Honor Defense pistol (courtesy thetruthaboutguns.com)

Honor Defense makes a damn fine pistol. TTAG’s T&E guy Nick Leghorn awarded their introductory HG9SC a four-star rating. Honor knows their 9mm polymer semi-automatic handgun enters a crowded marketplace, including the 400-pound silverback gorilla in the room (too soon?): the GLOCK 19. To differentiate themselves from the competition, their presser proclaims “Honor Defense is proud to announce a line of firearms that are 100% made in the USA. While other companies buy parts from foreign companies or produce their pistols in other countries, Honor Defense keeps all production in America.” Would that make any difference to you when considering adopting their gun? Full press release . . .

 Honor Defense ad (courtesy ammoland.com)

Atlanta, GA -(AmmoLand.com)- Honor Defense is proud to announce a line of firearms that are 100% made in the USA. While other companies buy parts from foreign companies or produce their pistols in other countries, Honor Defense keeps all production in America.

So proud, in fact, that Honor Defense has launched its new “All American, No Apologies” campaign. The goal is to let everyone know that all Honor Defense pistols are made in the USA and assembled by veterans in Gainesville, Georgia, USA.

“Like the majority of Americans, we are offended by people that apologize for being an American. If they are embarrassed or ashamed of the USA, we ask that they buy another brand of firearms,” said Gary Ramey, President of Honor Defense.

“We only partner with American owned companies with an American workforce. We also asked for input from professionals that have carried a firearm for a living. People with backgrounds from DevGru/(Navy SEALS), DEA, Army, Law Enforcement and civilian training. The firearms are built with more features than any other pistol in the size class and are truly American.”

Ramey adds, “We won’t apologize for that.”

Look for “All-American, No Apologies” advertisements and other marketing efforts in upcoming weeks and months.

HONOR GUARD 9mm Features:

  • Striker-fired design that can handle +P loads
  • Trigger has a wide face with a crisp 7lb pull
  • Short reset for quicker second shot and better control
  • Ambidextrous slide catch and magazine catch
  • Available with or without an ambidextrous manual safety lever
  • Modular system with stainless steel chassis
  • Custom texture design to provide better grip in all situations
  • Replaceable back straps to allow customization.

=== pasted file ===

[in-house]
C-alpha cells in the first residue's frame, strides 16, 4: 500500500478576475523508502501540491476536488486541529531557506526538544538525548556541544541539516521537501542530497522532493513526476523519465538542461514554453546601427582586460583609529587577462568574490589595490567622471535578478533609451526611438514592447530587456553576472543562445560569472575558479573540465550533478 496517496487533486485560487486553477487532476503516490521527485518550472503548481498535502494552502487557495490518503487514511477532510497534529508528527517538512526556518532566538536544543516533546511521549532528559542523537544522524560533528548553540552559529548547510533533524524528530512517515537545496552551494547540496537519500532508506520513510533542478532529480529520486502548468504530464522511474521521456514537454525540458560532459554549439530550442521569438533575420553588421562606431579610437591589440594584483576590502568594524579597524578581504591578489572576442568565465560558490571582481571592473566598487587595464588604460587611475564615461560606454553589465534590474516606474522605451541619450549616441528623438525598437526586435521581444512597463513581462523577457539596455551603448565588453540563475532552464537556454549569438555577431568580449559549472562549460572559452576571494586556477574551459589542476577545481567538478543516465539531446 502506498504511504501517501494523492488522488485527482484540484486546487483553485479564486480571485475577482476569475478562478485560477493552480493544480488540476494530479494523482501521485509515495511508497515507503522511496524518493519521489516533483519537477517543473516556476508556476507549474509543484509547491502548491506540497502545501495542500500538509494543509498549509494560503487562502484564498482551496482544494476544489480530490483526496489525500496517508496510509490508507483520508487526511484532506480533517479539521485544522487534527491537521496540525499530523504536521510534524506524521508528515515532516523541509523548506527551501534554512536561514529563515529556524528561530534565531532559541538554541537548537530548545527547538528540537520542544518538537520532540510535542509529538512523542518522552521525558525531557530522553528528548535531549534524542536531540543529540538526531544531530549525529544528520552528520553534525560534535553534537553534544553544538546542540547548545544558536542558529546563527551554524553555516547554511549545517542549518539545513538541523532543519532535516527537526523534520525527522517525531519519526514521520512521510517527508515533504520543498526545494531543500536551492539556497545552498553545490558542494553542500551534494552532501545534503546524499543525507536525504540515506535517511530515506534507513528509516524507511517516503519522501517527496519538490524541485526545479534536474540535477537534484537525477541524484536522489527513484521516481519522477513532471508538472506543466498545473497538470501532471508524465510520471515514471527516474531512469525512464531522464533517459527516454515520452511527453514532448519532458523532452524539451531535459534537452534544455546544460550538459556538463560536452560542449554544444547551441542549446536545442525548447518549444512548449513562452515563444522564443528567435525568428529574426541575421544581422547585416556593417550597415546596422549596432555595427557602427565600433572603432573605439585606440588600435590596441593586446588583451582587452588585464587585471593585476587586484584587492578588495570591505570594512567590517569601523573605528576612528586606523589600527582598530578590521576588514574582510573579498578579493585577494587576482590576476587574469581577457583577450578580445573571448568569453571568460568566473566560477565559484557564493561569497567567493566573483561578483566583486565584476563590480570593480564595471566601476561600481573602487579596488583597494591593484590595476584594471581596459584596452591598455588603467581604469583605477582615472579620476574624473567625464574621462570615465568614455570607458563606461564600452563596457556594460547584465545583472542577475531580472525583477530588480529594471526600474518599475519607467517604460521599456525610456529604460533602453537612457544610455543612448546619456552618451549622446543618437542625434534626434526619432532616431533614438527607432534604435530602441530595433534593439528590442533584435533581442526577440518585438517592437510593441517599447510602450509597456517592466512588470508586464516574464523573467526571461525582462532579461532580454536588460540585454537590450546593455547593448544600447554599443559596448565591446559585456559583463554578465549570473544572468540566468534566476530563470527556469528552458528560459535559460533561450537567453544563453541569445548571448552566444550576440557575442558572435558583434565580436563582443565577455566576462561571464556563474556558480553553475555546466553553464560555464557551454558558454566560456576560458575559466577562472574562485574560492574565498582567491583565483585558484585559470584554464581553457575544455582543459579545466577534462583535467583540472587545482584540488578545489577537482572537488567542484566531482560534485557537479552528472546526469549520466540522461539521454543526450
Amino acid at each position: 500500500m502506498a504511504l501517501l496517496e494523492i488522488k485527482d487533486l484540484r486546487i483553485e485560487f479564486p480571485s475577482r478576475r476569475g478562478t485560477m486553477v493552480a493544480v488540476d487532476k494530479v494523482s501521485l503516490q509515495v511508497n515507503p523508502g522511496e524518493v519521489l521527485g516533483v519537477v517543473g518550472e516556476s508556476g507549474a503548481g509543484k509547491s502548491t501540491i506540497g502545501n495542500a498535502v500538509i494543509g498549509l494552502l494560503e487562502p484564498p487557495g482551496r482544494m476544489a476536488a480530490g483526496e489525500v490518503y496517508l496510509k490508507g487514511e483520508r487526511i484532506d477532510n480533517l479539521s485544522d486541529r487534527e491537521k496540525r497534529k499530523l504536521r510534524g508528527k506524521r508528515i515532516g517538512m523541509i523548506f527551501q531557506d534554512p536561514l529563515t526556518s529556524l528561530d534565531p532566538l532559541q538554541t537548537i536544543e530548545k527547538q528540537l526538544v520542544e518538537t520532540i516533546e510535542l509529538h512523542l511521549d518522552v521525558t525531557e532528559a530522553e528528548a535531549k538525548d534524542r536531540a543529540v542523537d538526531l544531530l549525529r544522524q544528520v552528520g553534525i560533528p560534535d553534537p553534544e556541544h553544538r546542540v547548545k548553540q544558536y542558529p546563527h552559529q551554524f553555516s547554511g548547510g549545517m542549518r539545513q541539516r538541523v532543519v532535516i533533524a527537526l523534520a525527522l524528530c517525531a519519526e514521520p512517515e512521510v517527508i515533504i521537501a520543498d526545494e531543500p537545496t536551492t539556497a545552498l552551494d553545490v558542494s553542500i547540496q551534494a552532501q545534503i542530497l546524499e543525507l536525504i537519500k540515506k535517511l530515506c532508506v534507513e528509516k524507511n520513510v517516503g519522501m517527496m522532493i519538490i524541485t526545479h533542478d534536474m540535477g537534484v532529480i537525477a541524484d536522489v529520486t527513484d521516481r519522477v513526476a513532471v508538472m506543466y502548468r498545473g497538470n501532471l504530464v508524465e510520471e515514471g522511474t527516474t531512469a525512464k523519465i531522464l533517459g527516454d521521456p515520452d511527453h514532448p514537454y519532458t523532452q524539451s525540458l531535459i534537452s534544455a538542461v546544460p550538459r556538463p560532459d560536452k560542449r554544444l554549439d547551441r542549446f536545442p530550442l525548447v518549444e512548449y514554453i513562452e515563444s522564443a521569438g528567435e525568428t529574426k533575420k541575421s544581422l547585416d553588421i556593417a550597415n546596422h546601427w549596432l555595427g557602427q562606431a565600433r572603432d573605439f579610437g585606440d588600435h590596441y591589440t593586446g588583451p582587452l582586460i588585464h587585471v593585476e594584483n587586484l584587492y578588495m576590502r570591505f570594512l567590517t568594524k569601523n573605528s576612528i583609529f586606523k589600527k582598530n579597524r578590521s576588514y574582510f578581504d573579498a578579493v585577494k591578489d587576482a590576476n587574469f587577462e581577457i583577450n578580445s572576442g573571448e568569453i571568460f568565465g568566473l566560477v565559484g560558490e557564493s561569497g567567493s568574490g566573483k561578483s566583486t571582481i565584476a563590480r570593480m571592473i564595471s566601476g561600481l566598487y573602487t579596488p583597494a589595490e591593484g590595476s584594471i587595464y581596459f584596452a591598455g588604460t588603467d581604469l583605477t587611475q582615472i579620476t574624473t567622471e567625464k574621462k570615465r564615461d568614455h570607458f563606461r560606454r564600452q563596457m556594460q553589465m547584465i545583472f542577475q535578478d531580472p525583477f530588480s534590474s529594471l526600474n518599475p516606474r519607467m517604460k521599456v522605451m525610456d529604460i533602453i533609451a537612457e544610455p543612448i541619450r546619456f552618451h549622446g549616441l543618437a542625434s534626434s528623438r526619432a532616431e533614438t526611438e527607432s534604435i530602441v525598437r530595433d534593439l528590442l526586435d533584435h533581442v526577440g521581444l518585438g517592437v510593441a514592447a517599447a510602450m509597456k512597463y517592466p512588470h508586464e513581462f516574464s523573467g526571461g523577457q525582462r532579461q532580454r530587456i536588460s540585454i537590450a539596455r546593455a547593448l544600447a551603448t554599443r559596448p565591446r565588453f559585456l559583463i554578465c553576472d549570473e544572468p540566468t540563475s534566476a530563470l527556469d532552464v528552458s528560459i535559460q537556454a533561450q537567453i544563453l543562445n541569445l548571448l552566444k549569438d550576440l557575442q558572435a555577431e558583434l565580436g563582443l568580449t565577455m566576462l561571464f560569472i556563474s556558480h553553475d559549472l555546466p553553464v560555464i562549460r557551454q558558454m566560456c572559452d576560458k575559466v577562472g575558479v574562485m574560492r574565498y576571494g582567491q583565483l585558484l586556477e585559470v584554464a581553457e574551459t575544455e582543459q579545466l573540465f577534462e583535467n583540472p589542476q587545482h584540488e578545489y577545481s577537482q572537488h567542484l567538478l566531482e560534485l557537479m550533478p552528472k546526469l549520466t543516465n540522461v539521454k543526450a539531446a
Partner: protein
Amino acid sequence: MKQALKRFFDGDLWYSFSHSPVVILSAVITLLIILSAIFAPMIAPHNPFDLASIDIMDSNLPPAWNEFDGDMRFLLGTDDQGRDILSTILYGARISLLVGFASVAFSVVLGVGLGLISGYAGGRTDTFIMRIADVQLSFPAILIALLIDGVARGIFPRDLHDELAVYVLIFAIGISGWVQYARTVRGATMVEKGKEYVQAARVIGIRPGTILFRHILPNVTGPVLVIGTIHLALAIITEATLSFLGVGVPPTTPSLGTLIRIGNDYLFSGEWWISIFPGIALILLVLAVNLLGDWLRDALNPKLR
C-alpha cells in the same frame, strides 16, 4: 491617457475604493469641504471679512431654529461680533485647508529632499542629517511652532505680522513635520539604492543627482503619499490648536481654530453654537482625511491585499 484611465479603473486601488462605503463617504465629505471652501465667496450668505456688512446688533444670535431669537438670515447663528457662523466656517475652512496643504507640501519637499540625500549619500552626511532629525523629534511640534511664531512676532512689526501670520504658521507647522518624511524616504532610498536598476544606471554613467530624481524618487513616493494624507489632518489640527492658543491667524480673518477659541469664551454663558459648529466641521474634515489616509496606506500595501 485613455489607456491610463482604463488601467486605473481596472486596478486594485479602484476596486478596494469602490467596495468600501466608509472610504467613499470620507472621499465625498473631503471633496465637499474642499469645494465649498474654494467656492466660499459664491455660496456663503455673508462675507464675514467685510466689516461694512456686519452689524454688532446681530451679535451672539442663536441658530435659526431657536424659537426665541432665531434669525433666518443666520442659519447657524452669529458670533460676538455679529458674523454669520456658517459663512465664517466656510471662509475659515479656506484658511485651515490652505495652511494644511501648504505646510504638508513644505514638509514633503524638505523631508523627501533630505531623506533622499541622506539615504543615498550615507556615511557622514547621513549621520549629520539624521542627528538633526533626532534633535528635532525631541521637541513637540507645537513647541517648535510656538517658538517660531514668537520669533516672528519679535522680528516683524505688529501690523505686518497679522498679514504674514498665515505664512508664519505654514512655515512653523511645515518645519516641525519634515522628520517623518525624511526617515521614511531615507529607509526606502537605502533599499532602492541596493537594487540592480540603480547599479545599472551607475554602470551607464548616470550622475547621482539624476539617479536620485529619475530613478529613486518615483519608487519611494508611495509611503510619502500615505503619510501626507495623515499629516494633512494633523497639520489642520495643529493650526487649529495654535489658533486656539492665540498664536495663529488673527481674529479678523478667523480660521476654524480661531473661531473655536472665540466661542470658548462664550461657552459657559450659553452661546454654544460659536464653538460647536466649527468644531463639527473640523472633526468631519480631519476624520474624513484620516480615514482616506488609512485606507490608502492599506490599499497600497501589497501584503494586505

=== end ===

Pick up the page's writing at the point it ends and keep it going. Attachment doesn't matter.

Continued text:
For more information, visit their Facebook page or website at www.honordefense.com.

About Honor Defense:

Honor Defense offers the finest American-made pistols-using only American partners and materials. Honor Defense pistols are built with more features and higher quality standards than other pistols in their size range. To create its pistols, Honor Defense secured input from a panel of professionals that have defended our nation or have extensive credentials in self-defense training.

For more information, please visit www.HonorDefense.com.

61 Responses to Honor Defense Plays the “Made in America” Card

  1. I care more about how it’s made rather than where it’s made. Keltec and IO are made in the US but that doesn’t mean they don’t have problems.

    • Precisely. Just being “Made In America” doesn’t mean shit. If it’s “Made Well In America”, you might get my money.

      Build a good product and stand behind it, and you won’t need to try to shame people into buying it.

    • LFP is, what, low 60%? Americans gotta work. If quality is close or better I’d buy USA. If if a bit more expensive upfront, probably costs much less overall when you consider what welfare and incarceration cost. I’d rather pay an American’s salary than pay a foreigner’s salary and then pay an American’s welfare amd health care.

  2. It’d be a plus, but won’t make up for bad performance.

    I spent too many days working on GM cars in my youth to ever again subsidize shoddy engineering. The same goes for S&W triggers. If I’m paying extra, it better be perfect.

  3. That’s cool. I always appriciate companies improving and supporting American manufacturing. Though Springfield, SIG, S&W, and Glock (among MANY others) do huge things for our economy, regardless of their minor outsourcing. Unlike a lot of other industries. I look forward to doing the same in my own busines.

    That peice still looks like a Shield got gang raped by a P320 and a Caracal, though, and chose life afterwards. (Medical and genetic impossibilities aside, of course.)

    • Which parts does S&W outsource?

      I know the M&P .22 pistols are German but thought most of their guns were US made.

      I do know a lot of knives and items they brand are foreign made

      • The M&P .22 was what I was thinking (and most of the “German” aluminium .22 conversions, like SIG, are actually produced in Eastern European factories under German management). Most of the rough MIM castings (specifically SIG) are being produced in India, which are then turned into the small parts, at the parent factory. But I don’t know that about S&W for a fact. Like I said, minor outsourcing. Made in America, like most things, doesn’t mean exactly what the words say.

        • Only the M&P 22, not the M&P 22 Compact, is made by Walther.

          Walther makes 22s for almost everyone.

    • I found the follow up video from Hegshot87 where he states that some viewers who watched his original video on the Honor Guard were experiencing the same thing, and it seems to be a quality control problem where some of the pistols left the factory with burrs on the trigger bar that can interfere with the reset.